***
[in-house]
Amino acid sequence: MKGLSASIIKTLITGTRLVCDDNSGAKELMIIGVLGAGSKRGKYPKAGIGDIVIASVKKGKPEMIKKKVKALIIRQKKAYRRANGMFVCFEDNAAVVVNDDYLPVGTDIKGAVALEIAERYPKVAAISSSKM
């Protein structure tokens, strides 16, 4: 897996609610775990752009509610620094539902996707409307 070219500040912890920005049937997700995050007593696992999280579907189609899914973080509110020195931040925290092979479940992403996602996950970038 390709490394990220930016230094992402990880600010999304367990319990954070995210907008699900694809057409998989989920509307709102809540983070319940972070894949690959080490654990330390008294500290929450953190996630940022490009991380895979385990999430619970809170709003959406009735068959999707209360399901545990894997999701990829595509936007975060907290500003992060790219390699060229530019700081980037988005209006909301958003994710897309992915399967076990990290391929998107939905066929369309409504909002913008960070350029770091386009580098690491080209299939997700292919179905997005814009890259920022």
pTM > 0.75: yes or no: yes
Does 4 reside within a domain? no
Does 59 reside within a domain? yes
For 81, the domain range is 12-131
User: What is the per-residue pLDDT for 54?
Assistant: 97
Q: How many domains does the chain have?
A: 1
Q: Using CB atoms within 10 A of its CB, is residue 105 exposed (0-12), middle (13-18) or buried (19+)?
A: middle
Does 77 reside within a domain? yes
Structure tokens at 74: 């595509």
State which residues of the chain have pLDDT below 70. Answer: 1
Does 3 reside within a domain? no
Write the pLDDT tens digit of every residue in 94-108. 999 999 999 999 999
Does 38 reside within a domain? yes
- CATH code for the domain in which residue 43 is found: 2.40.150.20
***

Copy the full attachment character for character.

[in-house]
Amino acid sequence: MKGLSASIIKTLITGTRLVCDDNSGAKELMIIGVLGAGSKRGKYPKAGIGDIVIASVKKGKPEMIKKKVKALIIRQKKAYRRANGMFVCFEDNAAVVVNDDYLPVGTDIKGAVALEIAERYPKVAAISSSKM
């Protein structure tokens, strides 16, 4: 897996609610775990752009509610620094539902996707409307 070219500040912890920005049937997700995050007593696992999280579907189609899914973080509110020195931040925290092979479940992403996602996950970038 390709490394990220930016230094992402990880600010999304367990319990954070995210907008699900694809057409998989989920509307709102809540983070319940972070894949690959080490654990330390008294500290929450953190996630940022490009991380895979385990999430619970809170709003959406009735068959999707209360399901545990894997999701990829595509936007975060907290500003992060790219390699060229530019700081980037988005209006909301958003994710897309992915399967076990990290391929998107939905066929369309409504909002913008960070350029770091386009580098690491080209299939997700292919179905997005814009890259920022």
pTM > 0.75: yes or no: yes
Does 4 reside within a domain? no
Does 59 reside within a domain? yes
For 81, the domain range is 12-131
User: What is the per-residue pLDDT for 54?
Assistant: 97
Q: How many domains does the chain have?
A: 1
Q: Using CB atoms within 10 A of its CB, is residue 105 exposed (0-12), middle (13-18) or buried (19+)?
A: middle
Does 77 reside within a domain? yes
Structure tokens at 74: 């595509």
State which residues of the chain have pLDDT below 70. Answer: 1
Does 3 reside within a domain? no
Write the pLDDT tens digit of every residue in 94-108. 999 999 999 999 999
Does 38 reside within a domain? yes
- CATH code for the domain in which residue 43 is found: 2.40.150.20